August 16, 2013

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Emmys Spotlight Innovation by TWC Employees


The National Academy of Television Arts and Sciences has announced its 2013 Emmy Awards for Technology and Engineering, and we’re very pleased that Time Warner Cable was the recipient of two awards.

Specifically, the Academy honored our employees’ pioneering work in enhancing the time-shifting ability and storage of DVRs and for creating technology that allows the dynamic insertion of ads into Video On Demand content. You can read the Academy’s official press release, or check out our press release.

To paraphrase our Chairman and CEO Glenn Britt, our employees take great pride in the technological innovations we have pioneered and we’re committed to giving customers increased flexibility and control in how they consume their favorite content.


Network DVR is a perfect example of innovation and entrepreneurial spirit Britt is referring to. Our engineers’ work on this technology is perhaps one of the most promising developed by our company. Pioneered by TWC’s Mystro TV initiative, which was formed in 2001 to develop Network DVR, it allows for the recording and storing of multiple channels in “the network” rather than by deploying mass-storage devices in consumers’ homes. The biggest impact of the work done on NDVR isn’t the actual technology itself, however.

“Through the innovation of our team, we created the ability to capture live programming and time shift it,” says Louis Williamson, Time Warner Cable Senior Fellow and member of Mystro TV. “This ground-breaking effort resulted in the creation of other technologies, such as Start Over and Look Back.”


According to Williamson, it also fostered side projects, such as the development of Switch Digital Video, which is a technology that only sends digital TV signals to a neighborhood if a digital box in that neighborhood tunes to it, instead of always sending all digital channels there. This has had had a revolutionary impact on the industry by freeing up bandwidth and allowing cable companies to add more channels, On Demand content and increase internet speeds. In addition, Real-Time Acquisition, the ability to capture a live program, pause and restart it from the beginning, came out of this project.

“Our engineers may have started with Network DVR, but it is the entrepreneurial culture within our team that led to other important developments and, overall, made the TV viewing experience better for everyone,” states Williamson.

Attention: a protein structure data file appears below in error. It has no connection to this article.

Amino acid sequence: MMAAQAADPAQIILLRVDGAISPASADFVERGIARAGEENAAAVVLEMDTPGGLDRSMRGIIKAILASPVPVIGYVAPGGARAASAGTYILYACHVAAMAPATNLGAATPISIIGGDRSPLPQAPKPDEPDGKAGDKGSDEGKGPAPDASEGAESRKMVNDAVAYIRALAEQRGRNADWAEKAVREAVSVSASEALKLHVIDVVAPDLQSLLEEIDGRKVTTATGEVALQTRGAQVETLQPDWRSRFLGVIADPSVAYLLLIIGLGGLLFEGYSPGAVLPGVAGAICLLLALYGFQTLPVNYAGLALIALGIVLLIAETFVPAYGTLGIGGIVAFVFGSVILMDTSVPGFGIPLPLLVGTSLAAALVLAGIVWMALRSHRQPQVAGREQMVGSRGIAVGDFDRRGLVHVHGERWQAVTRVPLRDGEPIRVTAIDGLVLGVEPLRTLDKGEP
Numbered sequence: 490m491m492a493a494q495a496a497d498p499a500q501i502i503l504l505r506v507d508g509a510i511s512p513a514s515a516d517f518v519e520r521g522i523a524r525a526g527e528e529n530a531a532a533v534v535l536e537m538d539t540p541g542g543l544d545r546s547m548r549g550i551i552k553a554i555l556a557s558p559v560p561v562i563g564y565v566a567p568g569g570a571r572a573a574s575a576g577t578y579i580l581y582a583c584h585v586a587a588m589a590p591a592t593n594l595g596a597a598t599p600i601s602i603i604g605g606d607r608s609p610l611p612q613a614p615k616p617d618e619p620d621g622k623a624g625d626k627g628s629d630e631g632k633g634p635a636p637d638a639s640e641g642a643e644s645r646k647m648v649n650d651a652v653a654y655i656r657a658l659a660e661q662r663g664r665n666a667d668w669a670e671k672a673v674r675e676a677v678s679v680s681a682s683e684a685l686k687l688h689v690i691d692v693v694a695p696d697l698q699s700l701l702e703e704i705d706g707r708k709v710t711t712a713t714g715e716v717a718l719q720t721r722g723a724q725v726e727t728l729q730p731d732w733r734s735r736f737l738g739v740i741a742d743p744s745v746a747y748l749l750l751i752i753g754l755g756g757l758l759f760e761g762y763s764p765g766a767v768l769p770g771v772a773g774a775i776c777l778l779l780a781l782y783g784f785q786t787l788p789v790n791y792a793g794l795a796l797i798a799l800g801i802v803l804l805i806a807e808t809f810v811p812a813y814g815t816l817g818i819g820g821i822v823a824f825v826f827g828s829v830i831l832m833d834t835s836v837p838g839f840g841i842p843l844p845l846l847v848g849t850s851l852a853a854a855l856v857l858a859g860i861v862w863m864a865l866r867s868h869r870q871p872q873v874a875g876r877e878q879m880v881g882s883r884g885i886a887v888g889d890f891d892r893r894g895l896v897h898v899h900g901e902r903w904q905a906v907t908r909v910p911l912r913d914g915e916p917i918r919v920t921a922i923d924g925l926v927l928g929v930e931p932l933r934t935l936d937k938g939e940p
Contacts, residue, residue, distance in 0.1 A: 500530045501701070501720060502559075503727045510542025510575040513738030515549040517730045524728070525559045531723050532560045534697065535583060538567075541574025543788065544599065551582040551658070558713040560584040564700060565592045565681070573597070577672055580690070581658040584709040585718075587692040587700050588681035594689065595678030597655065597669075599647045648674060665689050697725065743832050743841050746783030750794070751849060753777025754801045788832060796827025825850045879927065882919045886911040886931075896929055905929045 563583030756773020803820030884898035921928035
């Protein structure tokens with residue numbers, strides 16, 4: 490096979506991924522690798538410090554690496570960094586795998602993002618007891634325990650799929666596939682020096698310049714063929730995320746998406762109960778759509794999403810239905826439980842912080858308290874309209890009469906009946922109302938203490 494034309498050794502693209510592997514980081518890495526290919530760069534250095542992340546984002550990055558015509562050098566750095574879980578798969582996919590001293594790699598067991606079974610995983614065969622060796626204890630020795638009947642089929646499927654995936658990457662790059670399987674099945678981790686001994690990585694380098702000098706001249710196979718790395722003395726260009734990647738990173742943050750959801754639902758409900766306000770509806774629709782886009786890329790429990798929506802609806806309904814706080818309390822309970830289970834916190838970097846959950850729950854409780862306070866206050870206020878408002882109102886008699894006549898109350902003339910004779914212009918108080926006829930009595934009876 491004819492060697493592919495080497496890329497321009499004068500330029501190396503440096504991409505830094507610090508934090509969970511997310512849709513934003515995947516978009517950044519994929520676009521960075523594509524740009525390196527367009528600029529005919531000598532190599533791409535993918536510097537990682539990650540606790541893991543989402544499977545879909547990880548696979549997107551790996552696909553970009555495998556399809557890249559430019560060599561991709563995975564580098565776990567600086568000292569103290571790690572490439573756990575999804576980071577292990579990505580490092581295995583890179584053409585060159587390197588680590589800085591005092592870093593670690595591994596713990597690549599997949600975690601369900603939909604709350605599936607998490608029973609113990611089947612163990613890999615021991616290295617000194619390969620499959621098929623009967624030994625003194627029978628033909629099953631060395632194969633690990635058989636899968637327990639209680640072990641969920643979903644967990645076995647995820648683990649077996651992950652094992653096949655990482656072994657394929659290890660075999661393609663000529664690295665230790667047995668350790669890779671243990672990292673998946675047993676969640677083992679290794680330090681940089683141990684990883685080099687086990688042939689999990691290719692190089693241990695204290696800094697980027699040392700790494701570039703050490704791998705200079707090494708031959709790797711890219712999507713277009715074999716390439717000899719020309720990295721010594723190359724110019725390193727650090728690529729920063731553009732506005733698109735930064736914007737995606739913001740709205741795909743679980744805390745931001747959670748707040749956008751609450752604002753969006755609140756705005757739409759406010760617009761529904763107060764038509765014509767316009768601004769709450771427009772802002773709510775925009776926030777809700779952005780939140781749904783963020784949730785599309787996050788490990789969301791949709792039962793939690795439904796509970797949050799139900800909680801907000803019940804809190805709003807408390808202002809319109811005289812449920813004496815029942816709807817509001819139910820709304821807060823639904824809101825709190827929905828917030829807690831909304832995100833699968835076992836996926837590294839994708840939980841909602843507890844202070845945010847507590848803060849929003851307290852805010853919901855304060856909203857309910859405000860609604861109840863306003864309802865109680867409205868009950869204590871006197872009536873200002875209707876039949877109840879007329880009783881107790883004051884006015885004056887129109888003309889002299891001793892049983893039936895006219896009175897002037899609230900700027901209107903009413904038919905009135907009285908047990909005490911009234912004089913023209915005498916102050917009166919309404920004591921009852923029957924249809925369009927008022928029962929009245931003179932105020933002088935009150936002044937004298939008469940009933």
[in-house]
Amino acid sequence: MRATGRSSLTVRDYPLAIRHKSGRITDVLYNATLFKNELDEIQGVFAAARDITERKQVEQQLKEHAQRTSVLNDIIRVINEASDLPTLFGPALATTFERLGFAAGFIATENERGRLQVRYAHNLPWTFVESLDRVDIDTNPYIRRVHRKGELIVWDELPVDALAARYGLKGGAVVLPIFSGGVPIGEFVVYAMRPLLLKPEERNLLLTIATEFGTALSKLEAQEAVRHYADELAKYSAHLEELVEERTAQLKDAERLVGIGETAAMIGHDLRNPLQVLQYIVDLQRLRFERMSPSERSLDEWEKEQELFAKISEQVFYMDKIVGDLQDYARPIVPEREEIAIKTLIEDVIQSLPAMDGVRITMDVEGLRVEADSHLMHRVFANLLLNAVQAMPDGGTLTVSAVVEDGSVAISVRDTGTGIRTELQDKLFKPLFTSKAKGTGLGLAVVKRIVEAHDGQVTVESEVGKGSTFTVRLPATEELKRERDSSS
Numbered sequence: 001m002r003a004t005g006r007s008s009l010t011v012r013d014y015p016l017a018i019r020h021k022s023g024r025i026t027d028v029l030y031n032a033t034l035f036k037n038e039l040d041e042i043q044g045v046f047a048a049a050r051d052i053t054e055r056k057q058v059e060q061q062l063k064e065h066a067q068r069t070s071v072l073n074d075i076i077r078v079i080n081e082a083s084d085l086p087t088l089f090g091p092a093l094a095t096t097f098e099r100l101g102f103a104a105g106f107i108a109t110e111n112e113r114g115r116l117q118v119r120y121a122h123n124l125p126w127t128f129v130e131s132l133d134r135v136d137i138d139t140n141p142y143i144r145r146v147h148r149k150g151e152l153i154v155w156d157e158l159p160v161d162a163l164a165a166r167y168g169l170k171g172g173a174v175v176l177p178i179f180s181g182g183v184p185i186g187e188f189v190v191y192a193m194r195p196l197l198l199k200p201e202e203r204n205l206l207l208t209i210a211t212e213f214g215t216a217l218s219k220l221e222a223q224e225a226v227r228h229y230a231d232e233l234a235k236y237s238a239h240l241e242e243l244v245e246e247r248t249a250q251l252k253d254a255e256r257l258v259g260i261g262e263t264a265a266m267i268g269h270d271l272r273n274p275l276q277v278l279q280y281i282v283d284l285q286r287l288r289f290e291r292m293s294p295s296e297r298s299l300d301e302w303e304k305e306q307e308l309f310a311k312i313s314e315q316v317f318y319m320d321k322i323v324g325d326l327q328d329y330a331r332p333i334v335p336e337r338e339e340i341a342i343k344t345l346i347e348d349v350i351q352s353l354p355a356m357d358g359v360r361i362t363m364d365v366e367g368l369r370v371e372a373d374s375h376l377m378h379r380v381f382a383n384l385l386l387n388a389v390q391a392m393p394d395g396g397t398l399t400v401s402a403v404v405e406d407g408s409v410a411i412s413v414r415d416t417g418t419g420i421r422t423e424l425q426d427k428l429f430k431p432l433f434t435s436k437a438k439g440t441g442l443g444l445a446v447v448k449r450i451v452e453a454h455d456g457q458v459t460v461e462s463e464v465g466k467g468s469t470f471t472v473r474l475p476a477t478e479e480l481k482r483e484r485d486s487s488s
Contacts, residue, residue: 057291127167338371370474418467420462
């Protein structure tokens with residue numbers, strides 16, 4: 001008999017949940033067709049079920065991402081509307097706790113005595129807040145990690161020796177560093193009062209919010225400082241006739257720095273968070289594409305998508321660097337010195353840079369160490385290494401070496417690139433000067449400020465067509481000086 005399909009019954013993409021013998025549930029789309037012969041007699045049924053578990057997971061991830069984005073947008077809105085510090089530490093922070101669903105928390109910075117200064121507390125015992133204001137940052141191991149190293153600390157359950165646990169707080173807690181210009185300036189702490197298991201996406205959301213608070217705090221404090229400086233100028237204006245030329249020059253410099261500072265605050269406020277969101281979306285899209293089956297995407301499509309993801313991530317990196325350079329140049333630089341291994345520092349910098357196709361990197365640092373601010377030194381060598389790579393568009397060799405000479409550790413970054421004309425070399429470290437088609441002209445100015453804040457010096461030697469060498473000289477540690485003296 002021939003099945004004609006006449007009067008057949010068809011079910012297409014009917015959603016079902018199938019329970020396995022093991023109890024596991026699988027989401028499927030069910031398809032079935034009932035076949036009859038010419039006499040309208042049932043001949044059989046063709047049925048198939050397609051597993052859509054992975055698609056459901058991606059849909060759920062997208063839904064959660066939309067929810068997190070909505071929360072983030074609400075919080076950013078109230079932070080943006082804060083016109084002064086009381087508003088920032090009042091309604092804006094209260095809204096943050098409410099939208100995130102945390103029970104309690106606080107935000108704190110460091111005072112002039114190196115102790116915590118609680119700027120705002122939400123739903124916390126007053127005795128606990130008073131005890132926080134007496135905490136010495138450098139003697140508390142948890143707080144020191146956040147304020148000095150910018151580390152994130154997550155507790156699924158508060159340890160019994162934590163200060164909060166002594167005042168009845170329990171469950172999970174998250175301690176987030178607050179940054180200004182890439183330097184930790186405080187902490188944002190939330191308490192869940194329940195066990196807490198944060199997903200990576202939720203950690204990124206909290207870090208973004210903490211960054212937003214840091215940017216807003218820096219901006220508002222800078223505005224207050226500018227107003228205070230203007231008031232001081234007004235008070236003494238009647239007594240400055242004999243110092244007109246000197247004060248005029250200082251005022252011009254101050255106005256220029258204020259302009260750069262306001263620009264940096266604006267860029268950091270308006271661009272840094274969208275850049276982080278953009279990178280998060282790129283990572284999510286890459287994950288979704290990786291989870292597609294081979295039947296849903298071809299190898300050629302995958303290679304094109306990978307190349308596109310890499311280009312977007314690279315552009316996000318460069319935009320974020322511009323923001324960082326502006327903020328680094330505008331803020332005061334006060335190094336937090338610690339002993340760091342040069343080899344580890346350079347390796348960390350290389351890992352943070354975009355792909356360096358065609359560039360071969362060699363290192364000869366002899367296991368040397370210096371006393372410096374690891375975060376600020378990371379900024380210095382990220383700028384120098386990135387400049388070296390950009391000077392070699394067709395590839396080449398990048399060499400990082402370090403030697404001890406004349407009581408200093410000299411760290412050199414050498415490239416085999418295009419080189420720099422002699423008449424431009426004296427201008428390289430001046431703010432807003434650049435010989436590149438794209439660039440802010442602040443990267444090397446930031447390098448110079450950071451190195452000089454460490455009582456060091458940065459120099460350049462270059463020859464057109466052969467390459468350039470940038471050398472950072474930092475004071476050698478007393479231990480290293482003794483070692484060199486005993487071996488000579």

Another such invention of Time Warner Cable’s engineers is Video On Demand (VOD) Dynamic Advertising Insertion. This first-of-its-kind technology allows advertising to be inserted in all forms of On Demand content, thus, providing a previously untapped revenue stream for cable companies and programmers from VOD.

“This breakthrough helped encourage content owners to increase the amount of On Demand programming, and enhanced our customer’s cable experience by advancing the concept of watching TV anytime,” says Grace Egan, VP, Technology Solutions and Project Management.

These are not Time Warner Cable’s first technology-related Emmy Awards. In the mid-1990’s, Time Warner Cable was actually the first cable company to be bestowed with an Emmy Award for Technology and Engineering. In all, we’ve won eight such Emmys.

Nor are these the only Emmys we’ve won this year. Earlier this month, Time Warner Cable SportsNet and Time Warner Cable Deportes in Los Angeles won a combined six regional Area Emmy Awards. The networks were recognized for their Creative Technical Arts-Art Director, Creative Technical Crafts-Lighting Director, Graphics, Live Special Events Programming, Sports Feature and Sports Special. Check out the official press release.

You can read more about TWC’s rich history of innovation and its other Emmy Awards online.

+- 1 Comment

  1. Sally Kappes's reply

    Are you having any progress at all in negotiations with CBS??!!! This week ALL of the Dodger games are on Channel 9 so your L.A. customers will miss seeing the entire series. Quite frankly, that sucks. We should not have to suffer this prolonged argument between 2 multi-billion dollar corporations. What kind of average increase to each individual TWC customer are we talking about? I guarantee you that 90% of them would be willing to pay it. If you don’t resolve this VERY soon, it will cost you much more in lost customers because of the blackout than you will lose because of a price increase! Are you getting close to a resolution of this stupid spat?

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